I'm a retired automotive instructor. I did a good job as many of my students told me. I could if given some latitude (sometimes just taken) reach most students. I was also not liked much by the administration because I was always working and experimenting "Outside the box." I believe that's were differences are made. I was being paid to teach immature kids not to keep parents happy. To do that you can't be their friend.

I guess the best testament to my teaching career was two years ago one of my students asked me to be his "Best Man" And he has 4 close brothers that all live in the area.

Here's another example. If you have ever worked much on vehicles you know that the standard service interval for front wheel 2-bearing set ups was about every 30-K to 40-K miles. Why?? Well that's about the time that the front disc rotors/pads needed changed and machined. So while you were there you re-packed the bearings and replaced the inner seal. Did it for years and years. Brake pads are now lasting a lot longer so the service interval for the bearings is around 60-K miles.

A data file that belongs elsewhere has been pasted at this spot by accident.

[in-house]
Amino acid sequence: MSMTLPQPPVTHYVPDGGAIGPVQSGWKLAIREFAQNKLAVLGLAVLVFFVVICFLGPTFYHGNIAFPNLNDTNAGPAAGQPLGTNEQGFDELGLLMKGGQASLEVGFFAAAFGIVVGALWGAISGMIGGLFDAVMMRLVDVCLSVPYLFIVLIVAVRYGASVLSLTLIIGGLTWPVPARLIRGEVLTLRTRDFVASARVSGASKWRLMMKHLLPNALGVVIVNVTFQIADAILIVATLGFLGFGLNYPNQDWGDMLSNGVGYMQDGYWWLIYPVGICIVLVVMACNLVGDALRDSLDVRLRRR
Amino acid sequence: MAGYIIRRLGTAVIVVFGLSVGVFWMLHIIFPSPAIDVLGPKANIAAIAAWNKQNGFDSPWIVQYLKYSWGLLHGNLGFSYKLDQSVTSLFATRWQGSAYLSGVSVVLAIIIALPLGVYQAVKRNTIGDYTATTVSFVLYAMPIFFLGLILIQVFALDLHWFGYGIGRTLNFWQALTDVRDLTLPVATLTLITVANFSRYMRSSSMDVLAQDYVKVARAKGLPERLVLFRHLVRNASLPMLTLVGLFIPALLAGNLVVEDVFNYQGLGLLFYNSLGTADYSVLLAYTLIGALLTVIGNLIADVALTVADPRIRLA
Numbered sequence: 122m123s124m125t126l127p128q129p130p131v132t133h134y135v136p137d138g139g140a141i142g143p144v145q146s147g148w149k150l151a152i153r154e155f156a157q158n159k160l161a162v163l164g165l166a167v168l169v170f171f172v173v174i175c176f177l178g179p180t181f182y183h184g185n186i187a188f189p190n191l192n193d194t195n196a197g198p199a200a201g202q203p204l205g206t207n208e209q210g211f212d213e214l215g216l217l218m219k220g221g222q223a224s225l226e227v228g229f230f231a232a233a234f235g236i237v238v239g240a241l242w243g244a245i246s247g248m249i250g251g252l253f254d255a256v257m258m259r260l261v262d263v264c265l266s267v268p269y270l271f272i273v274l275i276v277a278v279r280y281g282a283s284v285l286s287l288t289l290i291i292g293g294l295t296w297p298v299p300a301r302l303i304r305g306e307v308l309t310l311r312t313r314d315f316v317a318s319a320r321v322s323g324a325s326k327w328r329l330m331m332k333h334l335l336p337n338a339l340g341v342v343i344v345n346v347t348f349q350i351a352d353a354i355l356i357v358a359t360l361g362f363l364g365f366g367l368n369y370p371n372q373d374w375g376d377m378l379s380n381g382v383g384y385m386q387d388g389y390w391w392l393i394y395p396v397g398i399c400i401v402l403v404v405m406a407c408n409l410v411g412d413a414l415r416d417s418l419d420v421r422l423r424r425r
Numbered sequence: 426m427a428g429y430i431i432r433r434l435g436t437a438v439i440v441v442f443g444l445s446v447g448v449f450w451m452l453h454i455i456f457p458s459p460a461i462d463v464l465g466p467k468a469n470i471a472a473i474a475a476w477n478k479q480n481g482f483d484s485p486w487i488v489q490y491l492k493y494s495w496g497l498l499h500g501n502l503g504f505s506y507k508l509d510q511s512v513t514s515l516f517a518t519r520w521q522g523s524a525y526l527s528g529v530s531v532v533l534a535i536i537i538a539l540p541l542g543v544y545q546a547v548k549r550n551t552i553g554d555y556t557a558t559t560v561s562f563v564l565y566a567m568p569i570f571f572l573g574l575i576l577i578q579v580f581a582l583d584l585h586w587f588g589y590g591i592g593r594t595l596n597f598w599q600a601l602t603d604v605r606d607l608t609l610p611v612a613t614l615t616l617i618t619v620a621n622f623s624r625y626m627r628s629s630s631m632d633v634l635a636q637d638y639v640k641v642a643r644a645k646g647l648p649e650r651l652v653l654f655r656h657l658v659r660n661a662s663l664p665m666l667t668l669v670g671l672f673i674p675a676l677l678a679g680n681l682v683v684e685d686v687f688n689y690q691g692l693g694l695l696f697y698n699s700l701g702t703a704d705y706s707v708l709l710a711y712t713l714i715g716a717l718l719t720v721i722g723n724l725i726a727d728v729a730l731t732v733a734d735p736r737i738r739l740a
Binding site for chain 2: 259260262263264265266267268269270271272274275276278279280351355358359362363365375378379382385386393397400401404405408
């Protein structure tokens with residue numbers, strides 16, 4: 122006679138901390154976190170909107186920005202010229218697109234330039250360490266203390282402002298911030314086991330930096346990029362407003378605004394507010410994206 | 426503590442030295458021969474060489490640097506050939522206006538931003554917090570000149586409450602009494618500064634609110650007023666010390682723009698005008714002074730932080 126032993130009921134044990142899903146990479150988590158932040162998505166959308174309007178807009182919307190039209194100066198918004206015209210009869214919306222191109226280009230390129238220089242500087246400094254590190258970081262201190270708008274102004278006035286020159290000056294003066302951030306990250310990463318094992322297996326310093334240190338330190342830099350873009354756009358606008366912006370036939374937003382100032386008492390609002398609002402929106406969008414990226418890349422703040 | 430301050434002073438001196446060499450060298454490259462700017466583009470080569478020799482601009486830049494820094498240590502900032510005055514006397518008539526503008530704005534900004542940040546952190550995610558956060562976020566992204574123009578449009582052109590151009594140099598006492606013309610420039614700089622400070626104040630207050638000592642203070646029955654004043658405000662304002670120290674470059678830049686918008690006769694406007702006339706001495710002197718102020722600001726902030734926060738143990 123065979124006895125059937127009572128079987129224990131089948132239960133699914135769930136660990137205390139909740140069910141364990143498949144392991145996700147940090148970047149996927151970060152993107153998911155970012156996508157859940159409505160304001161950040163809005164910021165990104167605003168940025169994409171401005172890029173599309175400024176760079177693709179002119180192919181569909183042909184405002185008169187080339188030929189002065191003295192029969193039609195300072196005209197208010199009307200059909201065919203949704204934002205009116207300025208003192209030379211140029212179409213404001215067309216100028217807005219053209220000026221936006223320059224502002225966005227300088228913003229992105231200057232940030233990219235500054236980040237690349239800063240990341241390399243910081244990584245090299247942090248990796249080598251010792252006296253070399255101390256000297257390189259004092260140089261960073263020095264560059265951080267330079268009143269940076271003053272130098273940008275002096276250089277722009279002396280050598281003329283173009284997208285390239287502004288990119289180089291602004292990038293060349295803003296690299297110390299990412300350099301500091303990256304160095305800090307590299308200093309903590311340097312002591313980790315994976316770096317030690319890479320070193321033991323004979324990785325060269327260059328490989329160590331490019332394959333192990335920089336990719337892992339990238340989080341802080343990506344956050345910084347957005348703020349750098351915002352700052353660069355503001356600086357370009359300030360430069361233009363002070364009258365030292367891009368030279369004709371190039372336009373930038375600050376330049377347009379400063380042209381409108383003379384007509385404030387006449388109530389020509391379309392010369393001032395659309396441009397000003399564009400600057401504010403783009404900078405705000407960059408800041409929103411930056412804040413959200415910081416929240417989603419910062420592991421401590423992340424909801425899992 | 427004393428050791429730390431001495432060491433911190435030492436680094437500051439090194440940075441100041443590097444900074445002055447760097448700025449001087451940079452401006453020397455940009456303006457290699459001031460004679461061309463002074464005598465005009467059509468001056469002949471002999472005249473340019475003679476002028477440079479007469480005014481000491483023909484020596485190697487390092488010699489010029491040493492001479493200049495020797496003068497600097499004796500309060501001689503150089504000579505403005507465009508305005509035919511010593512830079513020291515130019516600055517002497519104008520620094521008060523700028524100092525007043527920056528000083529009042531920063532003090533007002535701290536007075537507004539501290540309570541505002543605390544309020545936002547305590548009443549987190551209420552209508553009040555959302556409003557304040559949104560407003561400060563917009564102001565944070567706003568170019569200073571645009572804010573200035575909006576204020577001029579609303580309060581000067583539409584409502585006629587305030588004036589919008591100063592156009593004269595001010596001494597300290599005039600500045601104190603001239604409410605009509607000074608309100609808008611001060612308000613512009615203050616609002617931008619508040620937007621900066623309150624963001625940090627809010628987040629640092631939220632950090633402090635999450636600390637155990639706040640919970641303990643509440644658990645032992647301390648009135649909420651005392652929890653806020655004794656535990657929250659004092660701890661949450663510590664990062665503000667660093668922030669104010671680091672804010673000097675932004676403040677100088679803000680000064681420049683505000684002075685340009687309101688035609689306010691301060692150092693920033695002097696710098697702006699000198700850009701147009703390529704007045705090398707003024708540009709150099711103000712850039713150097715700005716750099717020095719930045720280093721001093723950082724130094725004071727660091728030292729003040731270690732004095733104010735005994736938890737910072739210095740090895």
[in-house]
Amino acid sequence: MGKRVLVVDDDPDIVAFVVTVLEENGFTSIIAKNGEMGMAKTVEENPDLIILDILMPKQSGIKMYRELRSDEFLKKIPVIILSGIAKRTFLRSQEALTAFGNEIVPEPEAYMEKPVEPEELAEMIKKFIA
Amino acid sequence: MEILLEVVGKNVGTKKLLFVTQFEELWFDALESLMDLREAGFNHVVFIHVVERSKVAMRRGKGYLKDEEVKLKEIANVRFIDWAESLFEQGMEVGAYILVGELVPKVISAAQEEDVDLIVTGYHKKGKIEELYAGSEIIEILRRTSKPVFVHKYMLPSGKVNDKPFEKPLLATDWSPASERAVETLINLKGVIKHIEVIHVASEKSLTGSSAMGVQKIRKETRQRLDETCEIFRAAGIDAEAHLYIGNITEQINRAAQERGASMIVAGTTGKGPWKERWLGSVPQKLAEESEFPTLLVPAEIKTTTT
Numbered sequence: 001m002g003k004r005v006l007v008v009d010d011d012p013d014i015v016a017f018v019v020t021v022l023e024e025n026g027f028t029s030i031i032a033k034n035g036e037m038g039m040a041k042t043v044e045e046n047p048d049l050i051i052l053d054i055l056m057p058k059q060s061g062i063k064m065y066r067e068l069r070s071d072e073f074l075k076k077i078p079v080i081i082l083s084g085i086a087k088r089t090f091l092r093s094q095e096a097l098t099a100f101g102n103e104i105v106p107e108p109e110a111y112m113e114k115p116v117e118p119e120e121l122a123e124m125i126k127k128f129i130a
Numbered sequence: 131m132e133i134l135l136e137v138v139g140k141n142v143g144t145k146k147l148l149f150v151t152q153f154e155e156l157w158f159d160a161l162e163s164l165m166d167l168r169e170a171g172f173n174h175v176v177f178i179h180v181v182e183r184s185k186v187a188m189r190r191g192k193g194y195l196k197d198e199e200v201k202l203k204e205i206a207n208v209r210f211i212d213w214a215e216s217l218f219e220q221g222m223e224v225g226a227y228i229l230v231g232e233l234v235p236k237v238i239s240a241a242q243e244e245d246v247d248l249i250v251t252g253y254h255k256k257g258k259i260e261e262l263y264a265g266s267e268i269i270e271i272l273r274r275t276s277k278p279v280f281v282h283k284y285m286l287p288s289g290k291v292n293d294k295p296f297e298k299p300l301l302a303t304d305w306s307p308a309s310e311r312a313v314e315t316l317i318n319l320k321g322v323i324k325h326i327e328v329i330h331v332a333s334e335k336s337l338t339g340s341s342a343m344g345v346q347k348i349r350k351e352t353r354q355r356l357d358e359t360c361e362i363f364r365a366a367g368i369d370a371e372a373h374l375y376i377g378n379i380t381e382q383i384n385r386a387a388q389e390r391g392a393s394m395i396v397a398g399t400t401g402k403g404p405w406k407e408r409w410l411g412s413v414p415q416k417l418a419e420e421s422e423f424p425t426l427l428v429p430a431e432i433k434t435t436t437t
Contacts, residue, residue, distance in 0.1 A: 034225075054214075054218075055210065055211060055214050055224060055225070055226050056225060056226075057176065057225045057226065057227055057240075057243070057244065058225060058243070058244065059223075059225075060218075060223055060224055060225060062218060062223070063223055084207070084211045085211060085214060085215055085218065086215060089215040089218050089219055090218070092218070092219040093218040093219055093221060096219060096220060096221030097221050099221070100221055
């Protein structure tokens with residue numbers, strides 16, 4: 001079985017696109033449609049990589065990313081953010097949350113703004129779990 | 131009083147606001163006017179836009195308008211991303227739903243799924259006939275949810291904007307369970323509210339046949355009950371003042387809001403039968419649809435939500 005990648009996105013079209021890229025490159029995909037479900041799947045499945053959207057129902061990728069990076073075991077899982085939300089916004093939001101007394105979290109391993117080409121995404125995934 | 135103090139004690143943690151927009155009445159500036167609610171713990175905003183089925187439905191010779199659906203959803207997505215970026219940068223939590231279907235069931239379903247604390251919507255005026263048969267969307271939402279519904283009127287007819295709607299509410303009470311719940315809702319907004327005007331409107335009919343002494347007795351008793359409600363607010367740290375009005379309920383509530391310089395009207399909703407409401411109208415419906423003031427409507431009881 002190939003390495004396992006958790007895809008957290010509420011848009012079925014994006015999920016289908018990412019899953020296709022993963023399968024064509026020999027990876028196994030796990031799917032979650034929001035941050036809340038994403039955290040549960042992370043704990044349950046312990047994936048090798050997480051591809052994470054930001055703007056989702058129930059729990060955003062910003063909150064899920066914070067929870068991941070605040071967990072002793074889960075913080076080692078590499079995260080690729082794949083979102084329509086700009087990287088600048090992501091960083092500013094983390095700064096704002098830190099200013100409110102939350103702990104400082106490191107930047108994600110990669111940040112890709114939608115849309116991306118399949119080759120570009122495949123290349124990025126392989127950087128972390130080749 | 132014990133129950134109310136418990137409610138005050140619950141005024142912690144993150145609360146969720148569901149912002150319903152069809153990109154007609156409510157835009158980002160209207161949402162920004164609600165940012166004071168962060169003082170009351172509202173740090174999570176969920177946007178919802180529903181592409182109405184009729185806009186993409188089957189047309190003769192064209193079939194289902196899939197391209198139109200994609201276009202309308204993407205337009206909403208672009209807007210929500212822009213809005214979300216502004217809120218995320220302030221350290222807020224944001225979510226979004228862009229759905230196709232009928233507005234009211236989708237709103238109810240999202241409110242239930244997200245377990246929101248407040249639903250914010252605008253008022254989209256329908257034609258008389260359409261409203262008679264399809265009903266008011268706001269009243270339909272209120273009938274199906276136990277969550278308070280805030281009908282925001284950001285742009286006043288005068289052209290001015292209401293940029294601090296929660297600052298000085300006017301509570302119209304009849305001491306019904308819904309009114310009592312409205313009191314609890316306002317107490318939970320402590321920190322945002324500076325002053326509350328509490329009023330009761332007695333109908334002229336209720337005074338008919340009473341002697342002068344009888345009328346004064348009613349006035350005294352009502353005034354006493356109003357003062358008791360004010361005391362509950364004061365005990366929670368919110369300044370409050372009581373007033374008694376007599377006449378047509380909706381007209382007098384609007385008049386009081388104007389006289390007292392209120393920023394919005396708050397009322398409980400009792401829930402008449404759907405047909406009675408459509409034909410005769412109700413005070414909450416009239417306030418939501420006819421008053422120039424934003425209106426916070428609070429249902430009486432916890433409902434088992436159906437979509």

Now we switch to the travel trailer. Here the manufacturers recommend that all bearings are serviced every 12,000 miles or 12-months. For the life of me I can't understand why. Except they want them looked at every year to avoid them paying for repairs based on the cheap China bearings and the bearing buddies which use a grease gun (worst (IMHO) idea ever designed) to re-pack the bearing hub.

That's just nothing but lawyers covering their butts.

Keep on keeping on !!!!!

TeJay
thanks for the response....on the trailer bearings deal.... the reason is they are always groos over loaded .. and the wheels don't turn to follow so the side ways scrub put's constant pressure on the bearings
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Old 04-22-2015, 11:42 AM   #34
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for those that are thinking or wondering... no one makes this wheel , it has to be custom ordered and made the only one I know of that will do this is American force....

also the same for the 19.5 x 6.75 wheels...I had both custom made... no one stocked them...